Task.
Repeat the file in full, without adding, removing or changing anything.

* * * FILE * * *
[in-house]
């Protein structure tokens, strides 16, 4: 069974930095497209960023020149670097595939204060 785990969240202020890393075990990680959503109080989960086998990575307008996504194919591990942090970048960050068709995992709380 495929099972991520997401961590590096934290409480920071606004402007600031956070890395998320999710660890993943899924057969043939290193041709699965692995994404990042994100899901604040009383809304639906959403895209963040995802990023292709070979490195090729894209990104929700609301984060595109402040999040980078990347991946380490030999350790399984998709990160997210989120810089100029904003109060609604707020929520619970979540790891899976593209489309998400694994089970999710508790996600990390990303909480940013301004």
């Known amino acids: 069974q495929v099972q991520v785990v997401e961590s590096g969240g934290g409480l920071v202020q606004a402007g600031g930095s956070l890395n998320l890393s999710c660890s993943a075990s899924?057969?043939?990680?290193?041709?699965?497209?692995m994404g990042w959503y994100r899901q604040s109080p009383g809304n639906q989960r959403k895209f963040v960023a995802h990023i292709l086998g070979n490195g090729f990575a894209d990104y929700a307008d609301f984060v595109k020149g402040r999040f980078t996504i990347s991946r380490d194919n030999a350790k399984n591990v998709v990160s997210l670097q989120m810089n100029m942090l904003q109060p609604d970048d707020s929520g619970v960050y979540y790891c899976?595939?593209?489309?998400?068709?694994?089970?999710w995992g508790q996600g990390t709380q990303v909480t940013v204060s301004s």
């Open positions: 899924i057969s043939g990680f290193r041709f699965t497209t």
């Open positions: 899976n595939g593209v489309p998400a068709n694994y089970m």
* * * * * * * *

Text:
[in-house]
């Protein structure tokens, strides 16, 4: 069974930095497209960023020149670097595939204060 785990969240202020890393075990990680959503109080989960086998990575307008996504194919591990942090970048960050068709995992709380 495929099972991520997401961590590096934290409480920071606004402007600031956070890395998320999710660890993943899924057969043939290193041709699965692995994404990042994100899901604040009383809304639906959403895209963040995802990023292709070979490195090729894209990104929700609301984060595109402040999040980078990347991946380490030999350790399984998709990160997210989120810089100029904003109060609604707020929520619970979540790891899976593209489309998400694994089970999710508790996600990390990303909480940013301004």
């Known amino acids: 069974q495929v099972q991520v785990v997401e961590s590096g969240g934290g409480l920071v202020q606004a402007g600031g930095s956070l890395n998320l890393s999710c660890s993943a075990s899924?057969?043939?990680?290193?041709?699965?497209?692995m994404g990042w959503y994100r899901q604040s109080p009383g809304n639906q989960r959403k895209f963040v960023a995802h990023i292709l086998g070979n490195g090729f990575a894209d990104y929700a307008d609301f984060v595109k020149g402040r999040f980078t996504i990347s991946r380490d194919n030999a350790k399984n591990v998709v990160s997210l670097q989120m810089n100029m942090l904003q109060p609604d970048d707020s929520g619970v960050y979540y790891c899976?595939?593209?489309?998400?068709?694994?089970?999710w995992g508790q996600g990390t709380q990303v909480t940013v204060s301004s």
């Open positions: 899924i057969s043939g990680f290193r041709f699965t497209t």
């Open positions: 899976n595939g593209v489309p998400a068709n694994y089970m």